This is the final part of this short series of posts. The previous post focused on how to structure lessons focused on the productive skills, speaking and writing. In this post, I shall outline the same for receptive skills, reading and listening.
Developing Receptive Skills
There are many things different about receptive skills when compared with productive skills. I will talk about purpose and function in a moment and how that informs our learning objectives, but the first and most notable thing to say about receptive skills is that they are inherently invisible.
The productive skills are self-demonstrating, we hear someone speak or read his writing, and we know immediately how well he can speak or write. The same is not so with reading or listening, so it is essential that we find some way for the learners to demonstrate their ability during the lesson. Just asking your students to read something tells you very little if anything at all of how well they can do it.
As such, even though the receptive skills govern linguistic input either through listening to or reading material, any lesson focused on developing these skills must still conclude with some form of output so that the teacher can see the learners’ proficiency of the receptive skills. Nevertheless, as we shall see in the course of this post, the output in receptive skills lessons is not the same as the production seen in a productive skills lesson.
The other thing of note here is that, while this is a receptive skills lesson, meaning that the input is the central element of the process, it doesn’t come until much later in the lesson when compared with the productive skills lesson. For productive skills, the process begins with input, which is used to inspire the production later. For receptive skills, actually the principle is the same: before the focus skill is put to practise, some preparation is required.
In the productive skills lesson, we saw the learning process begin with input. In that case, the input was a medium for introducing new target language for the learners to use in their production later in the lesson. There was little focus on the reading or listening skills, even though they were used during the input stage. The main task for the learners was related to language analysis. Texts would not therefore be especially long or challenging; you do not want to spend too long on input because maximising time for production is key.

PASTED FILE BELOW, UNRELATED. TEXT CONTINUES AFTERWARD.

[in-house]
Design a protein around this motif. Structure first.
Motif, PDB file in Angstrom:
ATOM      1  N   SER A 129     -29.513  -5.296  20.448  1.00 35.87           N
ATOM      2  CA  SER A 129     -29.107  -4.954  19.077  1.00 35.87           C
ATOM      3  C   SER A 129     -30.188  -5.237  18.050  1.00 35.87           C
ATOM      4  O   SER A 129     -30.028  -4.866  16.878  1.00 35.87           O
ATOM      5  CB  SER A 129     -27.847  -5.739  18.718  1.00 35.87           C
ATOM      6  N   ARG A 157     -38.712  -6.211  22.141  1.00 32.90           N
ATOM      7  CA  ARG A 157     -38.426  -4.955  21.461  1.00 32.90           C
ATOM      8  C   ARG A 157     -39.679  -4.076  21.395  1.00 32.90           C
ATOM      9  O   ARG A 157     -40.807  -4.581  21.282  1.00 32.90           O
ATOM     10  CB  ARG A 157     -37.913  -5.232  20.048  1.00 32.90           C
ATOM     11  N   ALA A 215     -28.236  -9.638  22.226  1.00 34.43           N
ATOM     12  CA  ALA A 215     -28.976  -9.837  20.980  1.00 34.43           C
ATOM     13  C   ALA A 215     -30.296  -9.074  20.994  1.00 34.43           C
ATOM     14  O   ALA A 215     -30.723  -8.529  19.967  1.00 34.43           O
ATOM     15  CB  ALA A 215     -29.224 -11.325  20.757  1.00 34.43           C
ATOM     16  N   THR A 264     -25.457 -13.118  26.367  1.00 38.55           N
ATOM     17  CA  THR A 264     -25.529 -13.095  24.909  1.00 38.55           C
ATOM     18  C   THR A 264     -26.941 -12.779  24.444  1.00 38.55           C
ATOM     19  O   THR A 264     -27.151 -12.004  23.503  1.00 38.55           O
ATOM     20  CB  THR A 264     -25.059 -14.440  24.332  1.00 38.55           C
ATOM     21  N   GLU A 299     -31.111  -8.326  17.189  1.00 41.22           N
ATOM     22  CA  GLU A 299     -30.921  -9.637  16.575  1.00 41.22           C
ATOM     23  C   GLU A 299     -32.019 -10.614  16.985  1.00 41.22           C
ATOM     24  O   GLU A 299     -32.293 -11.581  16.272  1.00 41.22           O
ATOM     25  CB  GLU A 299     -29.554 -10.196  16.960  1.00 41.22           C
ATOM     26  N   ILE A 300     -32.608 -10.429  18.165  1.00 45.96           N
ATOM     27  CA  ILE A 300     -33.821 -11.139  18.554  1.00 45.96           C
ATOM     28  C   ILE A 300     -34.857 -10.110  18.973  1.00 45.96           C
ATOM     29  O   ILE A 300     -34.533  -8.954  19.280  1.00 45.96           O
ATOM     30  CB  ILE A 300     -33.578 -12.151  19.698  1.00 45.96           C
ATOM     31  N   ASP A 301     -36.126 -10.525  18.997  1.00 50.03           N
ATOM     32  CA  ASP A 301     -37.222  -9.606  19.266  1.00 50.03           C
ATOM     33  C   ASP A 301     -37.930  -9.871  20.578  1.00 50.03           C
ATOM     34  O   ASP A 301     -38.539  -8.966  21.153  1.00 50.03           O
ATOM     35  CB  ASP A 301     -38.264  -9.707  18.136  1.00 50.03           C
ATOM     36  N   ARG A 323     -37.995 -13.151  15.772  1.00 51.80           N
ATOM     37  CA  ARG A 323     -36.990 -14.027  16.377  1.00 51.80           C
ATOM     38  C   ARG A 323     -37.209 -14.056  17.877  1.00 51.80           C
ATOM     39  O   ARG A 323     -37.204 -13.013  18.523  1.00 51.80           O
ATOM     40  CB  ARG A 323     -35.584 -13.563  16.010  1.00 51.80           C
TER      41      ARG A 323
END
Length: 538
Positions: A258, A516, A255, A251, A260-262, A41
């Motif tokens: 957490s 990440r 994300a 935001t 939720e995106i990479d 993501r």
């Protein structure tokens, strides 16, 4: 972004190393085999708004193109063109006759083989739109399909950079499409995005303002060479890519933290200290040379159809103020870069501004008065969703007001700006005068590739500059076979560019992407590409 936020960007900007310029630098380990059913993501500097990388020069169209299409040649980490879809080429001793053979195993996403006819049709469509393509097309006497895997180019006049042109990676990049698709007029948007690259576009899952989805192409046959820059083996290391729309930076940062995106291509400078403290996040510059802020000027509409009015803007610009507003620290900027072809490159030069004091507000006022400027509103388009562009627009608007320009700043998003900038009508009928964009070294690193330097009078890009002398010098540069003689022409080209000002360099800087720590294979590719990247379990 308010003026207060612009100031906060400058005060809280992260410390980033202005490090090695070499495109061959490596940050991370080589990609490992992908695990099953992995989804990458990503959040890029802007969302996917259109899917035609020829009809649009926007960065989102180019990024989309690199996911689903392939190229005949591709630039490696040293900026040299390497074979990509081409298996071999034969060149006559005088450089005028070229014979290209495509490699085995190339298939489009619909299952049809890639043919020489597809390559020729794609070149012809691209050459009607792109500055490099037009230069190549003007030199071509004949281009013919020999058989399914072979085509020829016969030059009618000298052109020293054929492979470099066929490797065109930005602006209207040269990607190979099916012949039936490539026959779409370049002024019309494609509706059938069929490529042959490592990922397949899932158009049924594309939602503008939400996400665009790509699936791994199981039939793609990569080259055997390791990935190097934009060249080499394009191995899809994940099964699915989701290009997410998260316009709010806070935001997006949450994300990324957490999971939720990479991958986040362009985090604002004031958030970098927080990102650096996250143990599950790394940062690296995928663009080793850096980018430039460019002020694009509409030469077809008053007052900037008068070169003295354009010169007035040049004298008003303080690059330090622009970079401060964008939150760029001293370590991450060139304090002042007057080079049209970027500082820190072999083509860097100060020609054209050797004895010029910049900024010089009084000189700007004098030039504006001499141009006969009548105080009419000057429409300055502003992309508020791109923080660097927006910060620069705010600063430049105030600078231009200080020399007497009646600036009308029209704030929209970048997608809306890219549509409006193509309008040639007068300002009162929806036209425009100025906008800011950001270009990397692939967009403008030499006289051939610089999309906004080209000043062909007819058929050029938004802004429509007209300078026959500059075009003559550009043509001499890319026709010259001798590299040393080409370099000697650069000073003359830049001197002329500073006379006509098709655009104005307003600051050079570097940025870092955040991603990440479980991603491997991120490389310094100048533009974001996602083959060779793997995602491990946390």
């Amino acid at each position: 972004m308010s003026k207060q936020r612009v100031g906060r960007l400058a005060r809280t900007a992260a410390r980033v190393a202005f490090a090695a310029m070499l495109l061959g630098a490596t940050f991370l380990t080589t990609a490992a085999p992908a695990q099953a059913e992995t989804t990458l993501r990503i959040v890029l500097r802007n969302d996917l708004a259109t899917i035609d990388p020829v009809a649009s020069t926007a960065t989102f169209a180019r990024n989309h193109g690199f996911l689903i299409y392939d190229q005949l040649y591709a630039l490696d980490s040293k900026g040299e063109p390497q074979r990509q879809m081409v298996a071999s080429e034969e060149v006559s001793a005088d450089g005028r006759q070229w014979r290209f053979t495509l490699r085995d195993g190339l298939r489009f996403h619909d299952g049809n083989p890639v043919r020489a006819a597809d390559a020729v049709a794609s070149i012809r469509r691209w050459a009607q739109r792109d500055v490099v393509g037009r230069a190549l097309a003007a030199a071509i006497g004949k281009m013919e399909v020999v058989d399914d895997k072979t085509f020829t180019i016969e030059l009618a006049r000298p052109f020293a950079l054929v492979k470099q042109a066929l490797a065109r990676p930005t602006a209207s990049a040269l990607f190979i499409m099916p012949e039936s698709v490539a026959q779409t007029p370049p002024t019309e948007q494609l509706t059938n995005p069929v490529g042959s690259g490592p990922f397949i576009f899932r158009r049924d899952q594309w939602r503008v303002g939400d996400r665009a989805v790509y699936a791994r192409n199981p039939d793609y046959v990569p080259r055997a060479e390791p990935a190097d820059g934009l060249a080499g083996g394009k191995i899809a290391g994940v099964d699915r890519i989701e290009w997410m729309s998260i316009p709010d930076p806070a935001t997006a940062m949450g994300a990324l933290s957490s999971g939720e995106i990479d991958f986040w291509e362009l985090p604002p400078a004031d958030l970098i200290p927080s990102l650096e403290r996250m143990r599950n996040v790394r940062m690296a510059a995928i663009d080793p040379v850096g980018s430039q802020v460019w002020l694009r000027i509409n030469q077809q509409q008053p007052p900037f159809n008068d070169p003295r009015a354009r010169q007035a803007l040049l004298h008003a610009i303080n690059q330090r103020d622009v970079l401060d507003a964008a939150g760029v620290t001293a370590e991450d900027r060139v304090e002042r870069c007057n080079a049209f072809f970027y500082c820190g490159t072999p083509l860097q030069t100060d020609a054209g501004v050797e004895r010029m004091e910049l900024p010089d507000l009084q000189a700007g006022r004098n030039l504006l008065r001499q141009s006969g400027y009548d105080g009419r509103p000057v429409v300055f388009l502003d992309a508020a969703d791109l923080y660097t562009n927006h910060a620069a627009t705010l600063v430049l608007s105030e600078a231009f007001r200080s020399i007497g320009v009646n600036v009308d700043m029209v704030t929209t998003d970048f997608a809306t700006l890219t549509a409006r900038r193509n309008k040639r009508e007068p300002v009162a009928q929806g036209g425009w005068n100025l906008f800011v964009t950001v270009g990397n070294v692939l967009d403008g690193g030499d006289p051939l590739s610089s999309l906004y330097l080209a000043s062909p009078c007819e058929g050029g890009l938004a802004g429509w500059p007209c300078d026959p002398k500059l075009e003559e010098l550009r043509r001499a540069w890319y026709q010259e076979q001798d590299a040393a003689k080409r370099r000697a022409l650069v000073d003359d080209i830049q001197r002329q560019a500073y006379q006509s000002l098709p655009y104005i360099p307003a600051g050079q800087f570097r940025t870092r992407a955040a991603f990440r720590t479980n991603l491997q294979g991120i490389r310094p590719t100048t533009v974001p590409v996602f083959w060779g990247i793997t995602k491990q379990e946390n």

In a receptive skills lesson, however, the types of text is going to be quite different as is the approach to reading or listening to those texts. Here, texts will be longer, more complex and advanced, and the focus will be on meaning and much deeper reading. As such, it is important to give the learners a fair chance to prepare and get ready for the material.
The first step in this endeavour is establish context, which can begin fairly vague and then get increasingly focused on the topic of the reading or listening materials. You can initiate this process very casually, just through conversation. Try asking your students questions about their own experiences, ideas, plans, etc. related to the topic of the upcoming materials. At this point, you needn’t mention the text at all; keep it as personal as you can to the learners.
The purpose for doing this is simply to get the learners engaged with the topic. Raise their interest as much as possible so that they are primed and eager to continue finding out more about the topic. Personalisation is by far the most effective way of doing this. Get your students to talk about themselves, their preferences, their beliefs, etc. This works firstly because the students will be automatically interested if we focus on their interests and secondly because it ensures they will have something to say, rather than asking them to talk about something they’ve never considered before, which can very quickly kill any conversation.
If the materials you’re going to introduce later are about a new environmental innovation developed at a university in Europe, prepare the learners for the topic by asking them about environmental issues in their home country, what impact they personally have on the environment, if there are any environmental innovations that have come from their country, whether or not they agree that it is important to innovate in this area and so on. Personal, local, opinion and experience centric. This way, the conversation will flow freely and the students will be interested. When you later introduce materials that are perhaps not so local nor directly related to the students, they will be more interested in it because of how you have primed the topic through a personalised context.
Once the topic is established and contextualised, you can introduce the reading or listening material. This will be the first time you mention them, so if it is a reading lesson, for example, this is where you will say something like, “in a moment we’re going to look at an article about…”. The preparation stage above need not mention the article at all.